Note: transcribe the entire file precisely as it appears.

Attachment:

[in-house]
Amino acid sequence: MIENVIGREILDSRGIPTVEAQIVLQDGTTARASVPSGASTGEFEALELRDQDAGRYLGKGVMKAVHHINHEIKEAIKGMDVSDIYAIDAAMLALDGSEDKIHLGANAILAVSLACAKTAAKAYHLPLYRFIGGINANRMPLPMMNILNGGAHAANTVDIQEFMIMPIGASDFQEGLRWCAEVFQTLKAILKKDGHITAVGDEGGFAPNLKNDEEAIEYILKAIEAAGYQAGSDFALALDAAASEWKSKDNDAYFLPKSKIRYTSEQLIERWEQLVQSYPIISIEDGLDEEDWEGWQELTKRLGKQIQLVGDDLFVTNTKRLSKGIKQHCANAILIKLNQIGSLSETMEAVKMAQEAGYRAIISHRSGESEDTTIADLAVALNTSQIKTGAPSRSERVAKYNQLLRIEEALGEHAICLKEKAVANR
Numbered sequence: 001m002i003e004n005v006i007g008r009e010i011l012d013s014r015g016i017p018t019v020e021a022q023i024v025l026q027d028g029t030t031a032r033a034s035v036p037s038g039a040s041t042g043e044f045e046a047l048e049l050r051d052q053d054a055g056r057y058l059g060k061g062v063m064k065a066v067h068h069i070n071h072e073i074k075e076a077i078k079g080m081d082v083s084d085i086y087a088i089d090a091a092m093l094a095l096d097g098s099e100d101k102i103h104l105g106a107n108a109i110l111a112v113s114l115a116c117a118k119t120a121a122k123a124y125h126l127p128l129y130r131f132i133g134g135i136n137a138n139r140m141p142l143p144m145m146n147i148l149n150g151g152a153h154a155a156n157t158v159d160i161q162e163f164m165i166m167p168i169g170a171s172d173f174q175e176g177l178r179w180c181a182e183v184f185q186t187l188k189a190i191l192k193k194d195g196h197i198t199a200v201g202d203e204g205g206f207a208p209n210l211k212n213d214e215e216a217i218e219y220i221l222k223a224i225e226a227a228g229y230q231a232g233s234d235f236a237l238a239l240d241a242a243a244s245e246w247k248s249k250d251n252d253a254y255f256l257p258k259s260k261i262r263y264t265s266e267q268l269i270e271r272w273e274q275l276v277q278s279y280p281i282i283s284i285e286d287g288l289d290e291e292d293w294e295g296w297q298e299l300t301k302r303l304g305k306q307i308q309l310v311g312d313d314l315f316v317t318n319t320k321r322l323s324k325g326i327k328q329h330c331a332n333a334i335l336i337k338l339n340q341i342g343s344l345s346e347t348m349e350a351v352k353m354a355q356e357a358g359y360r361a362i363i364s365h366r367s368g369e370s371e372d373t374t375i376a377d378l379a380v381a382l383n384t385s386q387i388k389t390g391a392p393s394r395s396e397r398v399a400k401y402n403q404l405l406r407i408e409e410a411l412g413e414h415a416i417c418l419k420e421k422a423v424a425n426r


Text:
[in-house]
Amino acid sequence: MIENVIGREILDSRGIPTVEAQIVLQDGTTARASVPSGASTGEFEALELRDQDAGRYLGKGVMKAVHHINHEIKEAIKGMDVSDIYAIDAAMLALDGSEDKIHLGANAILAVSLACAKTAAKAYHLPLYRFIGGINANRMPLPMMNILNGGAHAANTVDIQEFMIMPIGASDFQEGLRWCAEVFQTLKAILKKDGHITAVGDEGGFAPNLKNDEEAIEYILKAIEAAGYQAGSDFALALDAAASEWKSKDNDAYFLPKSKIRYTSEQLIERWEQLVQSYPIISIEDGLDEEDWEGWQELTKRLGKQIQLVGDDLFVTNTKRLSKGIKQHCANAILIKLNQIGSLSETMEAVKMAQEAGYRAIISHRSGESEDTTIADLAVALNTSQIKTGAPSRSERVAKYNQLLRIEEALGEHAICLKEKAVANR
Numbered sequence: 001m002i003e004n005v006i007g008r009e010i011l012d013s014r015g016i017p018t019v020e021a022q023i024v025l026q027d028g029t030t031a032r033a034s035v036p037s038g039a040s041t042g043e044f045e046a047l048e049l050r051d052q053d054a055g056r057y058l059g060k061g062v063m064k065a066v067h068h069i070n071h072e073i074k075e076a077i078k079g080m081d082v083s084d085i086y087a088i089d090a091a092m093l094a095l096d097g098s099e100d101k102i103h104l105g106a107n108a109i110l111a112v113s114l115a116c117a118k119t120a121a122k123a124y125h126l127p128l129y130r131f132i133g134g135i136n137a138n139r140m141p142l143p144m145m146n147i148l149n150g151g152a153h154a155a156n157t158v159d160i161q162e163f164m165i166m167p168i169g170a171s172d173f174q175e176g177l178r179w180c181a182e183v184f185q186t187l188k189a190i191l192k193k194d195g196h197i198t199a200v201g202d203e204g205g206f207a208p209n210l211k212n213d214e215e216a217i218e219y220i221l222k223a224i225e226a227a228g229y230q231a232g233s234d235f236a237l238a239l240d241a242a243a244s245e246w247k248s249k250d251n252d253a254y255f256l257p258k259s260k261i262r263y264t265s266e267q268l269i270e271r272w273e274q275l276v277q278s279y280p281i282i283s284i285e286d287g288l289d290e291e292d293w294e295g296w297q298e299l300t301k302r303l304g305k306q307i308q309l310v311g312d313d314l315f316v317t318n319t320k321r322l323s324k325g326i327k328q329h330c331a332n333a334i335l336i337k338l339n340q341i342g343s344l345s346e347t348m349e350a351v352k353m354a355q356e357a358g359y360r361a362i363i364s365h366r367s368g369e370s371e372d373t374t375i376a377d378l379a380v381a382l383n384t385s386q387i388k389t390g391a392p393s394r395s396e397r398v399a400k401y402n403q404l405l406r407i408e409e410a411l412g413e414h415a416i417c418l419k420e421k422a423v424a425n426r